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The Convention on Biological Diversity promotes the conservation of biodiversity, the sustainable use of biological resources, and the equitable sharing of benefits from genetic resources. Nations began signing this United Nations treaty 13 years ago. More than 180 countries have now adopted it. Only seven — including Somalia, Iraq, and the United States — have not. After the convention was opened for signature at the 1992 Earth Summit in Rio de Janeiro, President Bill Clinton signed it early in his administration. The Senate Foreign Relations Committee endorsed ratification by a vote of 16-3 in 1994. Yet the full Senate has never voted on the treaty. The refusal of the United States to ratify the convention is shortsighted. It hampers the U.S. contribution to global environmental efforts. It undercuts U.S. interests in agriculture, biotechnology, and global development. And at a time when people around the world too readily criticize the United States for going its own way without appropriate international consultation, the United States does itself no favors by not sitting down at this important table. FOOD BUSINESS The issue of genetically modified foodstuffs provides a good example of how much the United States loses by not ratifying the convention. In 2000, the convention promulgated its Cartagena Protocol on Biosafety, which establishes that countries may restrict the import of genetically modified foods for health or environmental reasons and mandates certain export notification requirements. The United States is arguably the leading proponent of the safety, efficacy, and value of bioengineering foodstuffs. But during protocol negotiations, U.S. representatives encountered significant obstacles in advancing their perspectives because of their nonparty status. For example, the United States could not speak out or vote at the final deliberations, so it had to rely on proxies. This made negotiating arduous, and it compromised the ability to shape the protocol’s final provisions. And that was, and is, unfortunate. The Biosafety Protocol continues to serve as the recognized forum for discussing guidelines and procedures for the transboundary movement of genetically modified organisms. Its deliberations help set the direction for the policies of individual nations. The Biosafety Protocol thus has a significant effect on shaping receptivity to biotechnology, especially in the developing world. There, regulatory uncertainty and public fears have slowed down the fair appraisal and distribution of the fruits of U.S. biotechnology. Concerns in the developing world have also complicated their own development of genetically modified items for local use or export. Perhaps most notable, the issue of genetically modified food has created controversy between the United States and the European Union. The United States has brought a major trade challenge to the EU’s opposition to genetically modified products, and the World Trade Organization is expected soon to issue its decision on this unfortunately embittering issue. The dispute centers upon whether restrictive policies curtailing the importation of these products into the European market violate the EU’s obligations under the WTO. This dispute underscores the profound differences between the two economic superpowers regarding how biotechnology is to be handled in transatlantic commerce. Ideally, these issues would be resolved through the compromises of diplomacy and reasoned policy discussion in expert circles, not the absolute rulings of litigation. But that’s much harder to do when the United States is not part of the Convention on Biological Diversity. In the broadest sense, if the United States became a full party to the convention, it would acquire an important opportunity to depolarize the global perceptions of biotechnology and present a better case about the benefits of biotechnology to the world. Even now, there is a slow-moving discussion under the Biosafety Protocol about the identification of genetically modified products, which would entail providing importers with notice of the possible presence of genetically modified ingredients. This is an important issue for U.S. agricultural and biotech industries because inflexible labeling requirements could stigmatize goods and hinder commerce. GENETIC RESOURCES If the Convention on Biological Diversity’s bearing on the United States’ marketing of food products and biotechnology was not reason enough for ratification, convention members decided in February 2004 to launch negotiations on a new global regime on the use of genetic resources. The less-developed world has long complained that its genetic wealth — tropical microbes, cellular creatures, medicinal plants, etc. — was being exploited by the wealthier industrialized world without proper reimbursement. This new plan calls for an international system “to promote and safeguard the fair and equitable sharing of benefits arising out of the utilization of genetic resources.” For farm products in particular, the convention’s genetic-resources regime will cover agricultural commodities not already covered by the U.N. Food and Agriculture Organization’s International Treaty on Plant Genetic Resources for Food and Agriculture (which the United States signed in 2002). The new system will also cover invaluable genetic materials that the pharmaceutical industry could use to develop new critical medications. Even if the regime that emerges from these various efforts is not legally binding, it will establish norms for commerce and access to genetic resources that will significantly affect U.S. business and research. Indeed, international ways of doing business on genetic resources are already changing because of the Convention on Biological Diversity. Right now, U.S. companies seeking to do business around the world may have to comply with emerging regulatory procedures in which the United States lacked adequate input. Increasingly, American companies, organizations, and governmental offices may also find themselves at a disadvantage in securing equal access to the genetic resources of the world. IMPROVED RELATIONS In addition to the benefits to U.S. business, ratification of the Convention on Biological Diversity would generally bring the United States improved relations with the developing world and Europe. The convention is especially valued by developing countries. They view it as a means for making more equitable arrangements for exploitation of the economic wealth in nature, as the operative instrument that ensures the consensual dissemination of biotechnology, and as the protector of biodiversity and indigenous peoples. A willingness to join the Convention on Biological Diversity may also enhance U.S. positions in the midst of the World Trade Organization’s ongoing Doha round of trade negotiations, especially as to issues of opening markets to U.S. imports and finding development applications for biotechnology. Additionally, and auspiciously for those in the United States who think biotechnology could foster development in poorer nations, the convention now offers a separate technology transfer program, agreed to in 2004. This program encourages better communications networks and more financing for efforts to put sophisticated science to use in the developing world. The hope is that such technology can aid in the reduction of poverty and hunger, which are U.N. Millennium Development Goals and part of the convention’s sustainable development thrust. With regard to Europe, U.S. ratification of the convention would present new opportunities for reaching understandings on contested agricultural and environmental issues. For example, on the debated issue of the EU’s “precautionary principle,” which enables restrictive environmental regulations on the basis of uncertain risks, the United States and Europe could use the forum of the convention to better explore how to address each other’s concerns. Also, the convention is advancing, albeit slowly, a liability system for environmental damage. It would be in the interest of the United States to work with the European Union to preclude further estrangement such as has occurred over Biosafety Protocol issues. SAVING THE PLANET Finally, and no less important than these compelling commercial reasons, the Convention on Biological Diversity is globally regarded as the world’s pre-eminent conservation instrument. Under the auspices of the convention, the world works to address the loss of species and genetic resources. The convention has thematic programs focusing on the world’s threatened biomes, including forests, inland waters, marine and coastal areas, and dry and subhumid lands. It is noteworthy that the congressionally mandated, George W. Bush-appointed U.S. Commission on Ocean Policy was under no mandate even to mention the Convention on Biological Diversity, yet in recommending a new executive-branch oceans committee, it called for that committee to “coordinate an expedited review and analysis of the ocean-related components” of the convention and to determine whether treaty ratification would be beneficial. An examination by the new White House Committee on Ocean Policy of the convention’s pertinence for U.S. marine and coastal issues would be one practical way to begin a renewed review of the convention. It is ironic that the United States is in a distinct minority in failing to ratify the convention. Historically, U.S. refusal to ratify resulted from an odd mix of special-interest-group concerns and generalized skepticism to U.N. initiatives. The mix manifested itself in extreme form when certain agricultural groups (i.e., cattle and sheep interests) opposed the convention for fear that its terms — in particular, its alien species provision — would restrict their ranching operations. This was an unjustified fear, but it nonetheless acquired potency, spurred on by the U.N. fears. Yet American scientists have played an esteemed role in the conceptualization of biodiversity and in conservation efforts to stem biodiversity loss. Certainly the leadership of U.S. scientists, conservationists, and policy-makers would be appreciated in convention meetings once the United States became a full party. The United States would inevitably assume a certain leadership role on conservation as well as commercial issues. Ratification of the convention therefore offers the United States an exceptional synergy: the opportunity to do great good for the environment, the opportunity to better advance U.S. self-interests, and the opportunity to work within an important forum shaping diverse legal norms. Almost the entire world has adopted the Convention on Biological Diversity. It’s time for the United States to do the same.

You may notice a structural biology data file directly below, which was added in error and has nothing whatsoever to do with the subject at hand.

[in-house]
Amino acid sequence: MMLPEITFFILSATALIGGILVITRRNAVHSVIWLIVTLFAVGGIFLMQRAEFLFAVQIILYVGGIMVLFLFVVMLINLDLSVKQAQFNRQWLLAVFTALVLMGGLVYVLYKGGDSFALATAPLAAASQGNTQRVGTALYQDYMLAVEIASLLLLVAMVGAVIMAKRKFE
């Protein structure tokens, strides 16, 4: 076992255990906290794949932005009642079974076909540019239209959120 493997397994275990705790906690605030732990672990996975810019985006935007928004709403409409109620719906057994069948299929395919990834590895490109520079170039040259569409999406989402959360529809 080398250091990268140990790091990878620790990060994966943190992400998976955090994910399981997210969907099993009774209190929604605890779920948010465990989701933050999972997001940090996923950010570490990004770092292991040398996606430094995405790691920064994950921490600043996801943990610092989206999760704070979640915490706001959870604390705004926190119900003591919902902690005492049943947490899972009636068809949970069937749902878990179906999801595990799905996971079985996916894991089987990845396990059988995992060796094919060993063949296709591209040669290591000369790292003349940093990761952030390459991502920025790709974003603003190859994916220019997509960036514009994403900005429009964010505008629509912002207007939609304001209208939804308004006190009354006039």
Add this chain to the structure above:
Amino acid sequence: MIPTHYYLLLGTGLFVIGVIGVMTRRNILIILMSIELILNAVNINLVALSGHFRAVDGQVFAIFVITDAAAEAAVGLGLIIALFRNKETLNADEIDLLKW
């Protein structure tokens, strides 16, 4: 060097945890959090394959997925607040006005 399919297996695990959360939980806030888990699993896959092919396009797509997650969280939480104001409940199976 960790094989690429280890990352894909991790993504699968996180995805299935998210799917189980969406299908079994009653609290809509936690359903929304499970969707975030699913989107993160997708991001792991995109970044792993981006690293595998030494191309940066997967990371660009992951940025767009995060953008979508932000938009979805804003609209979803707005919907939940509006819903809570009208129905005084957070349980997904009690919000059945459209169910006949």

Richard J. Blaustein is a D.C. attorney who writes on environmental matters.